Board accepts offer for “several million dollars” from local developer and restaurant owner; shareholders of Williamsville, N.Y. club will vote on bid in coming weeks.
The board of Westwood Country Club has agreed to sell the 66-year-old private Williamsville, N.Y. club to a group led by a local developer and restaurant owner, the Buffalo News has reported.
Westwood Board President Barry Singer said that on August 30, club Directors approved the offer, which includes the assumption of debt and employment contracts. Terms were not disclosed, but the price will amount to “several million dollars,” said John R. Yurtchuk, one of the buyers.
The approval came after several weeks of deliberations by the Board. The winning offer beat out two rival bids, one from Paul Snyder’s Snyder Corp. and one from a group calling itself Amherst Golf Partners.
The deal must now be put to the club’s 88 shareholders for a vote, expected to take place in the coming weeks. Closing of the deal should be completed by January 1, Yurtchuk said.
In the meantime, the agreement restores some stability, the News reported. Singer has said that the club will remain open and that all previously scheduled events will be held. The club’s management and golf pro will also stay on.
“There was a lot of reluctance to join or book events there. There was a cloud of uncertainty,” Yurtchuk said.
Still, the sale, rumored for days, appears to mark an end to Westwood in its current form as a mostly private club owned by a group of members. Founded in 1945, Westwood grew and prospered for decades, but has struggled in the past 12 years as membership steadily declined while expenses and deficits mounted, forcing the Board to reconsider the club’s future.
The club currently has 255 members, down from about 350 more than a decade ago. The 88 shareholders who must vote on the deal are longtime members who received shares based on their length of membership.
Under the new model, the club would have just three owners. Those owners said they intend to keep operating Westwood as it is now but will run it more efficiently, renovate or spruce it up, and significantly lower the cost of joining.
“Our intention is really to streamline the club’s operations and do some capital improvements and really try to have it continue,” said Yurtchuk, who is not a current club member. “We’re going to run it more like a business. It will still have the country club amenities, but will have more menu pricing with services. It doesn’t need a huge amount of swing to move it from red to black.”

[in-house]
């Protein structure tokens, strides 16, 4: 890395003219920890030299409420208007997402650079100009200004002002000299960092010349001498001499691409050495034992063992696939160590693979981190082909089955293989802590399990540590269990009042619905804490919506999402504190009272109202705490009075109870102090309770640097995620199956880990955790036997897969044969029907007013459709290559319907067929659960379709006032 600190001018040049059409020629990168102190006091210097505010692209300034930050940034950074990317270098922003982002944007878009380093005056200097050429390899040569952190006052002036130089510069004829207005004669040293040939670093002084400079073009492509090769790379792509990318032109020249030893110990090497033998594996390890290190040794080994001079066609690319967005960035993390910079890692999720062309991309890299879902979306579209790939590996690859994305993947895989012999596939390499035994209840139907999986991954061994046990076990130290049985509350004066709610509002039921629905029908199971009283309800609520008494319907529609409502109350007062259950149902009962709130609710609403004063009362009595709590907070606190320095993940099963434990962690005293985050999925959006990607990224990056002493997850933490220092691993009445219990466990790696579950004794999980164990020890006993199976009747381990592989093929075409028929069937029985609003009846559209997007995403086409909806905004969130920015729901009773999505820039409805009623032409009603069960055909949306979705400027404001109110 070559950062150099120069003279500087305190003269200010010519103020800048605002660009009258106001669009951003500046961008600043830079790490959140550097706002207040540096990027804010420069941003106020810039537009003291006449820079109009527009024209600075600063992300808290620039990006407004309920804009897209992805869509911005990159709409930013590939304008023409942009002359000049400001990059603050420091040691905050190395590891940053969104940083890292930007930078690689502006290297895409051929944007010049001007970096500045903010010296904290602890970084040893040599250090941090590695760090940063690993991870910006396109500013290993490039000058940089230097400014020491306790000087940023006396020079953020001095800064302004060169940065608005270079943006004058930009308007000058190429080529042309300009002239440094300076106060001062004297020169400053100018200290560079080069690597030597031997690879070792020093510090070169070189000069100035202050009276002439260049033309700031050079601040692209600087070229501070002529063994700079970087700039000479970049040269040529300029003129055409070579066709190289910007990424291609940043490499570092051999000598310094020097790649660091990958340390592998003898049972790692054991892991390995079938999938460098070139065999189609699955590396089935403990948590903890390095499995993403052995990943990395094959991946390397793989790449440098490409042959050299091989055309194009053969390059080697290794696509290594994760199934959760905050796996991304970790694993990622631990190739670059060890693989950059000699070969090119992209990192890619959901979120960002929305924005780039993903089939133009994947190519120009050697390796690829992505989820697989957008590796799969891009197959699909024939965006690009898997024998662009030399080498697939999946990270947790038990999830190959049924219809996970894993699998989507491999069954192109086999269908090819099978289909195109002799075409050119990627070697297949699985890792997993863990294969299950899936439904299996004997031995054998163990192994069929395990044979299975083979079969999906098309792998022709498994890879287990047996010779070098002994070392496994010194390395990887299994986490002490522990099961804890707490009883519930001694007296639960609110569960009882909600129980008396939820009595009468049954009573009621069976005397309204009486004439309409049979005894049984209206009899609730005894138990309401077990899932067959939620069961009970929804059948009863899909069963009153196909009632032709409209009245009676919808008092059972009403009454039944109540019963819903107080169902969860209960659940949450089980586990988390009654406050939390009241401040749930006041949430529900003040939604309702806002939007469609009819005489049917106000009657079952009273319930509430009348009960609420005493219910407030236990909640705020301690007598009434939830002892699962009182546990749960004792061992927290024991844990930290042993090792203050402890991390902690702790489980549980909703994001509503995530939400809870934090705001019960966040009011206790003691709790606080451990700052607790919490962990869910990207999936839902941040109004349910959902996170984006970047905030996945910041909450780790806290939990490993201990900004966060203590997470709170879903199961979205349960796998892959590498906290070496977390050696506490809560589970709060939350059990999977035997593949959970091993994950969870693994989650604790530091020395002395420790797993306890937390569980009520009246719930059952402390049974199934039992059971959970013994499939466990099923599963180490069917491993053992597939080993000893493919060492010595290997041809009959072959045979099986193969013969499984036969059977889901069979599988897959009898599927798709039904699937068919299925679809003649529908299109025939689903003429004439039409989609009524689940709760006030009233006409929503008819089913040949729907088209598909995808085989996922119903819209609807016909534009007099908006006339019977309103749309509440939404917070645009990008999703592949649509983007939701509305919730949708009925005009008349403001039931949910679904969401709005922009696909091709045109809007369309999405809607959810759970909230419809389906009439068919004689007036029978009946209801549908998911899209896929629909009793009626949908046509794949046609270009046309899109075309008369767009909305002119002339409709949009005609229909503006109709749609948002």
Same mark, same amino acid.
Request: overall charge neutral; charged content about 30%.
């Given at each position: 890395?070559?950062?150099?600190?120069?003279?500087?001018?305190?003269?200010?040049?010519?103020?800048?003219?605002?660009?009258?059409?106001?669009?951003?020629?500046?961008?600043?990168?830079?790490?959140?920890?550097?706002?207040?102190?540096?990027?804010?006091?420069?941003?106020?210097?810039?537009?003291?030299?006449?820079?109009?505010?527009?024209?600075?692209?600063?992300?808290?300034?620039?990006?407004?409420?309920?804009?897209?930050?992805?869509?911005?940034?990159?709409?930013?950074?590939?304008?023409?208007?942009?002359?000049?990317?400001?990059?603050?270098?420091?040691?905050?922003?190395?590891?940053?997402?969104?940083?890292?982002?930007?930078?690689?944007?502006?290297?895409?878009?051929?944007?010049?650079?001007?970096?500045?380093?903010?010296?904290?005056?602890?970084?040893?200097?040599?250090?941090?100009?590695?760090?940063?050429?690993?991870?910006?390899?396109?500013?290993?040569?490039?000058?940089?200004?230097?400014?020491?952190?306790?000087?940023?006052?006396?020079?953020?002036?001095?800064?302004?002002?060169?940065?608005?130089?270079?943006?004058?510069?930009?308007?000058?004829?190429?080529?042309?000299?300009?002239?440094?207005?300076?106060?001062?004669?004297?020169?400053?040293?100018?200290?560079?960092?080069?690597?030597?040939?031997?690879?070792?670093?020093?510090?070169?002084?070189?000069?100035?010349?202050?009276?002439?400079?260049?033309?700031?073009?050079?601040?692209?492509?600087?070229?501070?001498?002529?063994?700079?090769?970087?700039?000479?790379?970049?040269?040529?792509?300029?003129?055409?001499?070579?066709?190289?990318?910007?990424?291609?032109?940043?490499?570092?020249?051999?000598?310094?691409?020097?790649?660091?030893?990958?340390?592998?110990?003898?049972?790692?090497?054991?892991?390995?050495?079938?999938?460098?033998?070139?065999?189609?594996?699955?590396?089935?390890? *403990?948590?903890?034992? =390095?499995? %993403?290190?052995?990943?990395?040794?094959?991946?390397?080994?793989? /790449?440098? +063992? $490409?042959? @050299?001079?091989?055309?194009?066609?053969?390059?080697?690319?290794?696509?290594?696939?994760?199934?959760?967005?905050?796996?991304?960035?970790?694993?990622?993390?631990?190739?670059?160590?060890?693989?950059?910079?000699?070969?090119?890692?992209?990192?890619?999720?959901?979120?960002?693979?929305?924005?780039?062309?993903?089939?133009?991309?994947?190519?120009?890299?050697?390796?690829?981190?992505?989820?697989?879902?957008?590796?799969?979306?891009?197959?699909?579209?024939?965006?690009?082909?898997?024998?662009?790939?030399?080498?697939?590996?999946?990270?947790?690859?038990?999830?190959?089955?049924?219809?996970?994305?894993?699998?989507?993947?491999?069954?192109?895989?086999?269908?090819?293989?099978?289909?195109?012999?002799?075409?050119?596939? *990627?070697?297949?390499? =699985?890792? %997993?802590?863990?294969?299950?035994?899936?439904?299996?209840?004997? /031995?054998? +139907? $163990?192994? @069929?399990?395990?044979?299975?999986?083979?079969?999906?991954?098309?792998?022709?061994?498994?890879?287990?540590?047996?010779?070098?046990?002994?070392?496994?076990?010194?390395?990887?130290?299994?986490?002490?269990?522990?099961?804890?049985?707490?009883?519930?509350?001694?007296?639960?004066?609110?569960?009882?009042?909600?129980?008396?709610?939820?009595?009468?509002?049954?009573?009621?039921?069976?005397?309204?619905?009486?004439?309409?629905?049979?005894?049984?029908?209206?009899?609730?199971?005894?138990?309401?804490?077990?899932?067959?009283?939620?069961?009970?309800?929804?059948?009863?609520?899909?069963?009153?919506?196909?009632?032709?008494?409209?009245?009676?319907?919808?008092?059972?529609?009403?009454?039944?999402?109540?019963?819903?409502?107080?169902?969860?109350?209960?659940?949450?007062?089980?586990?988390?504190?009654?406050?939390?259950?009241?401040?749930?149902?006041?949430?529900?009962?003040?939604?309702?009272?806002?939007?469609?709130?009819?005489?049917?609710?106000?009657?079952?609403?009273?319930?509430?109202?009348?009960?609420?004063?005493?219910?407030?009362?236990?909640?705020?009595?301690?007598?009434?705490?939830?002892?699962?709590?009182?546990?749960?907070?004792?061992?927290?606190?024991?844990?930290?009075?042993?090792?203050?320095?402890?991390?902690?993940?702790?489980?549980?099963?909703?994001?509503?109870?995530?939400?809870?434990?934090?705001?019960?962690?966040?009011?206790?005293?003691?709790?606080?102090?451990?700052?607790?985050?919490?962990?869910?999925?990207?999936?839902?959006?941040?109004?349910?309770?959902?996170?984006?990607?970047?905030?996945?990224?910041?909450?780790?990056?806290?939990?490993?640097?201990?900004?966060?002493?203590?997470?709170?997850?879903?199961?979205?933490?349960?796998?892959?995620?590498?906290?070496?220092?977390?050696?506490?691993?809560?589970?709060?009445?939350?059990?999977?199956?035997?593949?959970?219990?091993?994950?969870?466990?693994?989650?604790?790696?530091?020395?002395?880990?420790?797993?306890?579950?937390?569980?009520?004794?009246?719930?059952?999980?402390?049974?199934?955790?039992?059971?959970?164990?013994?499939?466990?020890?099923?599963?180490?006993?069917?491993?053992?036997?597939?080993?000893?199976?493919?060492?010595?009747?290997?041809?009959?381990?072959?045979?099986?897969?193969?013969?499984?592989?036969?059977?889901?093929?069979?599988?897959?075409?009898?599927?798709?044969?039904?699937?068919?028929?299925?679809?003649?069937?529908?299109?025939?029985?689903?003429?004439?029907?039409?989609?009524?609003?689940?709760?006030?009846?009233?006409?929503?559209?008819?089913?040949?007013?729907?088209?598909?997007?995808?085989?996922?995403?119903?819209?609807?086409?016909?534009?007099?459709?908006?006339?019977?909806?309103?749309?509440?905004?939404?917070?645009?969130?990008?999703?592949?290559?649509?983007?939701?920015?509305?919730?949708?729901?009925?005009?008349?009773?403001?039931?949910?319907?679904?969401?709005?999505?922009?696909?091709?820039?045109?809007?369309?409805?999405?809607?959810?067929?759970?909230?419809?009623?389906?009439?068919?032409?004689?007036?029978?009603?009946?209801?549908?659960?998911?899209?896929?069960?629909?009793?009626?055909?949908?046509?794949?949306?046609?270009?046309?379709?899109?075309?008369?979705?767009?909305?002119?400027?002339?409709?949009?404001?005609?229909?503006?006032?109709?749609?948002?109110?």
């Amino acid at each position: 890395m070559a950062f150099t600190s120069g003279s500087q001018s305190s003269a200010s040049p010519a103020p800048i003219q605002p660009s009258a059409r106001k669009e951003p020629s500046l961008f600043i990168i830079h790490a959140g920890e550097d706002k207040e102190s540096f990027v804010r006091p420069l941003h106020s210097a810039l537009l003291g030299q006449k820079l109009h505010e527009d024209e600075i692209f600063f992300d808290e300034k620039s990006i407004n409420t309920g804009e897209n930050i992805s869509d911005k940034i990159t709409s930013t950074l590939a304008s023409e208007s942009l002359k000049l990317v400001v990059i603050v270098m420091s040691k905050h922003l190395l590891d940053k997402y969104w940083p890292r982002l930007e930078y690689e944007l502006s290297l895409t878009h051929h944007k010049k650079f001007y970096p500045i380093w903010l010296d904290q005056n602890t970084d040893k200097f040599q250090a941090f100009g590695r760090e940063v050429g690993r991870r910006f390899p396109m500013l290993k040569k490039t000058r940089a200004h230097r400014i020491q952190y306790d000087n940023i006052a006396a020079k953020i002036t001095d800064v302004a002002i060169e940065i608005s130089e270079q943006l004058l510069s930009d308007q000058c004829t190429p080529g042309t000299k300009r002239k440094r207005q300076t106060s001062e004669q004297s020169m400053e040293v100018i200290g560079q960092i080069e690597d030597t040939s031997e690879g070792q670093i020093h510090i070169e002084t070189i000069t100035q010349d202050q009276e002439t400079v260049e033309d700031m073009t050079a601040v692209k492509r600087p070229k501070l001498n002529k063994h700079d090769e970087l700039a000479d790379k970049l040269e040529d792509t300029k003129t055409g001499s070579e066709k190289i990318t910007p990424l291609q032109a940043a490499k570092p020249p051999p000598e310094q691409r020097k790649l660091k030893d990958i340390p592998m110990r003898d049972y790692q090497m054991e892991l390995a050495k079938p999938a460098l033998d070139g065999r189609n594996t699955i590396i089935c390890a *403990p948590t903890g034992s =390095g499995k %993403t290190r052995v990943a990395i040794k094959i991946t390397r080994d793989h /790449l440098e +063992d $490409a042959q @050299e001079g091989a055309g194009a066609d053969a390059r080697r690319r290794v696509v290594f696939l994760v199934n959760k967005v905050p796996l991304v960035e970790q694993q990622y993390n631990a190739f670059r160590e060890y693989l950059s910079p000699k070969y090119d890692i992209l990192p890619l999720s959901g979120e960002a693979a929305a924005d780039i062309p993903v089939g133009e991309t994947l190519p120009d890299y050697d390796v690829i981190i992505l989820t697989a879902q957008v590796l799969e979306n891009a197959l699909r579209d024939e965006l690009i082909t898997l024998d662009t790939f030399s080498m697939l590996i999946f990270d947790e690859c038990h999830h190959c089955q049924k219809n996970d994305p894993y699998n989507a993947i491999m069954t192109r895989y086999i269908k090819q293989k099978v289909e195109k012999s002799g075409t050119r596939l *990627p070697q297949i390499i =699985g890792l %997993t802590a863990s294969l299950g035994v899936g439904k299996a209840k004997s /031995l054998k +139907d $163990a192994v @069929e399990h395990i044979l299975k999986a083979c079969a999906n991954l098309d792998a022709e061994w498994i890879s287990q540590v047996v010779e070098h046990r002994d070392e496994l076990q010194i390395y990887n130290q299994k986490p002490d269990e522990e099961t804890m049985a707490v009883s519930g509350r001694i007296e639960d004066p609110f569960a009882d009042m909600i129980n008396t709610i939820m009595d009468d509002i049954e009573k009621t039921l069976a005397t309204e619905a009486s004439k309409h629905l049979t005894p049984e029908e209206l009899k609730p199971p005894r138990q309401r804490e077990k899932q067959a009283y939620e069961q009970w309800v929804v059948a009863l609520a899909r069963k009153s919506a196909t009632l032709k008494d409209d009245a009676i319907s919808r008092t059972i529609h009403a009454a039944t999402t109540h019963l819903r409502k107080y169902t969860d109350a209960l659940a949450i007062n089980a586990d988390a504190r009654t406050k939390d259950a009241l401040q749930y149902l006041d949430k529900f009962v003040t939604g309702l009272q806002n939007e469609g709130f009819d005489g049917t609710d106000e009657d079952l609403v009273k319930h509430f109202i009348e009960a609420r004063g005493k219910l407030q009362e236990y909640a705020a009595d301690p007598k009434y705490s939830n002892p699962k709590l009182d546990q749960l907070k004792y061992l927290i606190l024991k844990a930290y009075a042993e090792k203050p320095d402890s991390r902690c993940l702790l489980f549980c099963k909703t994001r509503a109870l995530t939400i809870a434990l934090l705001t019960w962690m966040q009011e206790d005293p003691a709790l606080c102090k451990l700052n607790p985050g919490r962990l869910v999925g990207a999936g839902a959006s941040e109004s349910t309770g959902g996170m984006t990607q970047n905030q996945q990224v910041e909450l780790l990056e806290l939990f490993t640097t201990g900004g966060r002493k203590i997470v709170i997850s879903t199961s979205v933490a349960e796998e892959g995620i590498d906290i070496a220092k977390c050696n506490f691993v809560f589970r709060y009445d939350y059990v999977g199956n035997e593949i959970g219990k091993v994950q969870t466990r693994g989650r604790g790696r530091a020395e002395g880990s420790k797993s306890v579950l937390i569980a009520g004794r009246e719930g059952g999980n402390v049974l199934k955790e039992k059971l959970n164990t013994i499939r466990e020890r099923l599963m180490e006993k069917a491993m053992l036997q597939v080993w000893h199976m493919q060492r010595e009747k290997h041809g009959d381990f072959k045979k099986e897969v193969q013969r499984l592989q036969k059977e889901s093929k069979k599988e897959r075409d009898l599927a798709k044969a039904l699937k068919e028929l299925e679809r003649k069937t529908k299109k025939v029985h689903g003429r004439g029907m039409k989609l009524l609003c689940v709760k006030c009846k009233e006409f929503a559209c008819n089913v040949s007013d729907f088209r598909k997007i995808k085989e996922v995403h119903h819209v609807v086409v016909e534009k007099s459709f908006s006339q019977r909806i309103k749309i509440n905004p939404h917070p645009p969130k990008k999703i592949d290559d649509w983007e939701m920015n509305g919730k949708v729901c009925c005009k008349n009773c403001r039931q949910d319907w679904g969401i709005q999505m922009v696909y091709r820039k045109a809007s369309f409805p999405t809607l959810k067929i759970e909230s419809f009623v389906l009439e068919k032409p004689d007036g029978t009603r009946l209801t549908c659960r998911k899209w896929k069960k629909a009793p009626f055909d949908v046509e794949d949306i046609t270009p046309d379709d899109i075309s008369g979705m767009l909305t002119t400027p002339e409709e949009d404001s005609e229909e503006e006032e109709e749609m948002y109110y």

Yurtchuk, president of Matrix Development Corp., had previously sought to buy a 4.6-acre parcel from the club that was to be developed into a 50,000-sq.-ft. medical office building. But the Town of Amherst balked at the necessary zoning changes, so the $1 million deal fell apart.
But despite that history and his professional experience in redevelopment, Yurtchuk said there are no plans to discontinue services or convert any portion of the property into anything other than the golf course and club. Instead, he said, he was brought in to help with the financing and property management.
Besides Yurtchuk, the other two principals of the group buying the club are Jon Cohen and Todd Sugarman, who are already co-owners of Windows on the Green, a restaurant open to the public inside the club that opened less than two years ago and is now generating profits.
Cohen also owns Jonny C’s NY Deli and Catering in East Amherst, N.Y. while Sugarman owns a commercial landscaping company, TLS Landscaping, and Maple Ridge Landscaping, a commercial brickwork firm, both in Amherst, N.Y. Sugarman will work with the club’s grounds staff, while Cohen will focus on the food and beverage operations.
“We just want to keep the club going,” Cohen said. “We were able to see what was going on. We know what needs to get done.”
The buyers will launch an aggressive membership drive to boost the rolls, ideally by about 100 people to a point where the club can break even. Plans call for lowering regular dues, while introducing swim-only memberships as another, less expensive option.
Currently, membership costs $5,940 annually, plus separate fees for carts, locker room use and other services. Except for the restaurant, all club services—including the tennis courts and Olympic-sized outdoor pool—are restricted to members.
But under the new plan, a full golf membership for a family would cost $3,700 and would include everything. And a separate swim-only family membership for the pool, hot tub and kiddie pool, would be $600.
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